The human spirit is a quite remarkable thing; our innate ability to overcome great obstacles and keep smiling in the face of tragedy sets us apart.
Our greatest inspiration is often found from those with disabilities who overcome significant obstacles to achieve things they and we never thought possible.
Acclaimed poet and journalist Mark O’Brien was paralyzed from the neck down as a child after contracting polio and as a result was forced to spend the vast majority of each day confined to an iron lung to help with his breathing. Whilst interviewing other disabled people about how they found having and enjoying sex, Mark came to fervently envy them and became determined to lose his virginity.
This is the set-up for Ben Lewin’s warmly touching true-life drama based on Mark’s physical and spiritual adventure and the impact it and he had on those around him. A committed Catholic, Mark (played by John Hawkes) first consults Father Brendan (William H. Macy) about the theological quandary this poses. Taking into account Mark’s circumstances, he concludes the Almighty would in all likelihood give him “a free pass on this one”.
The stage is set for Mark to hire professional sex surrogate Cheryl Cohen-Greene (Helen Hunt). At first his fear and awkwardness is palpable, but as their sessions continue a tender bond develops between the two.
It’s a stone-cold fact that disability sells when it comes to awards season and it’s likely The Sessions will be recognised in the same way as The Diving Bell and the Butterfly, A Beautiful Mind and Forrest Gump before it.
That being said, not a cynical bone exists in the picture’s body. The largely excellent cast see to that, pulling back when histrionics could be reached for or emotional heartstrings pulled.
Given her strongest role in years, Hunt excels. It’s a brave, utterly believable performance of a person who comes to re-evaluate herself the closer she gets to Mark, whose article On Seeing a Sex Surrogate the film is based on.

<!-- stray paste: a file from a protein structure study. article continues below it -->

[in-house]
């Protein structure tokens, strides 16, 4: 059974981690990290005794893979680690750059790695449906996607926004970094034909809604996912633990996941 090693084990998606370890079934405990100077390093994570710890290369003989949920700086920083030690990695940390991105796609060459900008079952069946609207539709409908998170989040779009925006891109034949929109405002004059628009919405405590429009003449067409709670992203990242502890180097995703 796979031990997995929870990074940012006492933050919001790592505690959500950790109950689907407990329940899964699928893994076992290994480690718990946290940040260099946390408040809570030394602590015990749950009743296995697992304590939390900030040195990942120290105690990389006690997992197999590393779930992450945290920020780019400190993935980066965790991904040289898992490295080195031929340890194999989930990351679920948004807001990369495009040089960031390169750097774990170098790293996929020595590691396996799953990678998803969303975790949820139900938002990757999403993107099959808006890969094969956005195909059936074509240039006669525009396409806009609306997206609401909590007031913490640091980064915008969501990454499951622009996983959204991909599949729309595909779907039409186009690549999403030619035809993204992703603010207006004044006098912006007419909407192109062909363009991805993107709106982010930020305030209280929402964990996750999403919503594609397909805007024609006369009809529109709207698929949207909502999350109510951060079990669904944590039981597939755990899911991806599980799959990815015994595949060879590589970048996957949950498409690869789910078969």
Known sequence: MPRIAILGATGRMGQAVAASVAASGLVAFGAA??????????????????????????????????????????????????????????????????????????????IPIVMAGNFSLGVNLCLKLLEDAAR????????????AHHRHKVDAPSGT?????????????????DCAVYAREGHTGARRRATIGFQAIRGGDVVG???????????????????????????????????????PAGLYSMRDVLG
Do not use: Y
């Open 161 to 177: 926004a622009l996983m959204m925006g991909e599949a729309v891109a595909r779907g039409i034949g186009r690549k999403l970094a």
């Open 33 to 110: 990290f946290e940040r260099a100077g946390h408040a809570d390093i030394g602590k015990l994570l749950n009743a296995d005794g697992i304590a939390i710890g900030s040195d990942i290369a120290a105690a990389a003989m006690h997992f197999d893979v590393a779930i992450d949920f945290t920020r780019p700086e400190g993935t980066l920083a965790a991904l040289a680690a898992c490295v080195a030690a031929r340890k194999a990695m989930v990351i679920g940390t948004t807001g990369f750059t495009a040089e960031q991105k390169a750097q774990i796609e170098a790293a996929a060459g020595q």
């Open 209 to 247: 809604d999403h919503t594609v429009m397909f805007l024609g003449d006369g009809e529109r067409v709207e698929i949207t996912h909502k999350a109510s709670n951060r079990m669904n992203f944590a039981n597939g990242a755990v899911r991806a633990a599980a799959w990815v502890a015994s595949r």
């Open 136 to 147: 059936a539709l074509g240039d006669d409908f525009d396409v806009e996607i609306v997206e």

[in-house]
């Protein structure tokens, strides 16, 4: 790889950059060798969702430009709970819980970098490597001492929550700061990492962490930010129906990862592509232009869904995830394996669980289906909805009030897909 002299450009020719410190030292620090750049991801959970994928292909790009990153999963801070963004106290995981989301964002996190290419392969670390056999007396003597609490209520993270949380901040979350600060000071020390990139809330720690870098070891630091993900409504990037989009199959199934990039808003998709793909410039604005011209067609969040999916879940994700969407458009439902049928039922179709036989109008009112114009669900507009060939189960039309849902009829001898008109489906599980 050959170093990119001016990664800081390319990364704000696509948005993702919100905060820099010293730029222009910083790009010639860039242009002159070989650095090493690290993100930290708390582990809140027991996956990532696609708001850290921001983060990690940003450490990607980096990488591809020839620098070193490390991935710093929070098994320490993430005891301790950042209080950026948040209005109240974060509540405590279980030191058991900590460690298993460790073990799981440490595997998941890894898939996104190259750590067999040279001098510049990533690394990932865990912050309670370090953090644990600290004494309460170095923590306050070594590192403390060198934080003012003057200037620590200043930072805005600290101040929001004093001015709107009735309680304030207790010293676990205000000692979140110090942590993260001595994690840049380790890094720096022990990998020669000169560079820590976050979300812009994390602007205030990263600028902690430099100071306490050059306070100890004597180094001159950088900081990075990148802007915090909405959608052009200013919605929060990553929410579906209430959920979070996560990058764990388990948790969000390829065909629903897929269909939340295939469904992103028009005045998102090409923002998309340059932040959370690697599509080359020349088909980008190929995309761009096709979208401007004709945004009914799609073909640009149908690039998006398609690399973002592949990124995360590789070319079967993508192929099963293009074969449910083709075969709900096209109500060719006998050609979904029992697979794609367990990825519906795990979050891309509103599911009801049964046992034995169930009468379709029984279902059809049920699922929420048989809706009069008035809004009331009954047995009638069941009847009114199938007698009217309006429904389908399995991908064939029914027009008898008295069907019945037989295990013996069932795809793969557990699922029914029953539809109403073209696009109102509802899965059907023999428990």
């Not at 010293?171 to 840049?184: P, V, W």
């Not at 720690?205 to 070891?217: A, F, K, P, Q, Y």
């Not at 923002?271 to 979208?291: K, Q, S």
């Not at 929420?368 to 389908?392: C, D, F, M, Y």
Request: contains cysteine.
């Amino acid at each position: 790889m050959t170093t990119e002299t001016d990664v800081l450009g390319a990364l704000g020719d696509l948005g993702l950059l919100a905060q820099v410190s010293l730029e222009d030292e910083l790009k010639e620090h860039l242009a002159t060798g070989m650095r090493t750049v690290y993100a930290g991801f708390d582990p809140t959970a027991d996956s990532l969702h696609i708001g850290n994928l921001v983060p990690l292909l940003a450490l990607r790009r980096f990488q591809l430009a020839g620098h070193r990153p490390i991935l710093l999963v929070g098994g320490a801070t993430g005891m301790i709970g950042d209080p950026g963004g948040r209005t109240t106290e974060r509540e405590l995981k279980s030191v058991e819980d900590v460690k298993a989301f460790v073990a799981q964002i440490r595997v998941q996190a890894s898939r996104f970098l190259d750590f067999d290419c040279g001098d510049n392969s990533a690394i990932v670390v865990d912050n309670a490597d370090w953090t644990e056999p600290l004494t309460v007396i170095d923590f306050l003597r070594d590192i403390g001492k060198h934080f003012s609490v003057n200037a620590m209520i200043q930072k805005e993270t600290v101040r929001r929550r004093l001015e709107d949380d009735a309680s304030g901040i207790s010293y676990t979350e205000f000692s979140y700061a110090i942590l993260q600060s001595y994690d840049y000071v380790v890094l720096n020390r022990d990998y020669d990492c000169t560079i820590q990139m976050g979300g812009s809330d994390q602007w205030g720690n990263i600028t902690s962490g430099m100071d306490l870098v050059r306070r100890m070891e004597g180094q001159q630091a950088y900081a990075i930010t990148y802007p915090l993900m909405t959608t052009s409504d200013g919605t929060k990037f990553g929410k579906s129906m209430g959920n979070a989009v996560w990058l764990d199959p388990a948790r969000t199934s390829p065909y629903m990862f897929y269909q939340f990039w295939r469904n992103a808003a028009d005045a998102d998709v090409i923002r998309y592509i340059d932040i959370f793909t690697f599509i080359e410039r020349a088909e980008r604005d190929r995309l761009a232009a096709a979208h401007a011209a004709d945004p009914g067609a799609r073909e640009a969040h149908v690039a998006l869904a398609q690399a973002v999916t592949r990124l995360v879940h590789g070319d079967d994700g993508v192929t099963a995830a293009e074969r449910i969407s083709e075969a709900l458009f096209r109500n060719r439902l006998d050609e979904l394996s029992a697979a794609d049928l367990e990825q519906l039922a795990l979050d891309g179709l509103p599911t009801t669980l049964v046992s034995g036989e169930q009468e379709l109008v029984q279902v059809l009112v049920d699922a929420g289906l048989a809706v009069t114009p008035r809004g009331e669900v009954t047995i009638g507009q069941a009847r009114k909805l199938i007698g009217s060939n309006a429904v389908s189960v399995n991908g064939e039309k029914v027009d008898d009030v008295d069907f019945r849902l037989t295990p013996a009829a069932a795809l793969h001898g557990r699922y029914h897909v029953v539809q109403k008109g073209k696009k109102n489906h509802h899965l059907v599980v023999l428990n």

After scaring the bejesus out of us with quietly menacing portraits of a drug-addicted killer and cult leader in Winter’s Bone and Martha Marcy May Marlene respectively, Hawkes pulls a complete about-turn here as a man who gradually realises there’s nothing to be gained from punishing yourself for reasons beyond your control. His bright optimism hides a what-would-Jesus-say guilt and fear that erodes over time as he becomes more comfortable in his own skin.
In addition, Macy is on fine form as the sincere priest who forms a genuine friendship with Mark, while Moon Bloodgood’s poker face portrayal of Mark’s carer Vera nicely contrasts his heart-on-sleeve demeanour.
The warm hues used by Lewin (a polio survivor himself) reflect the cosy nature of the film, while Marco Beltrami’s soundtrack stays the right side of manipulative.
In many ways Mark’s preoccupations with sex, fear and religion are no different to many sections of American society, and while Lewin ultimately sides with the sexually liberated Cheryl’s mantra that we should “stop thinking about it so much” he never once pokes fun at Mark’s hang-ups.
The kind of film where a smile and a tear are never too far away from each other, The Sessions is uplifting cinema without the schmaltz and for that it should be congratulated.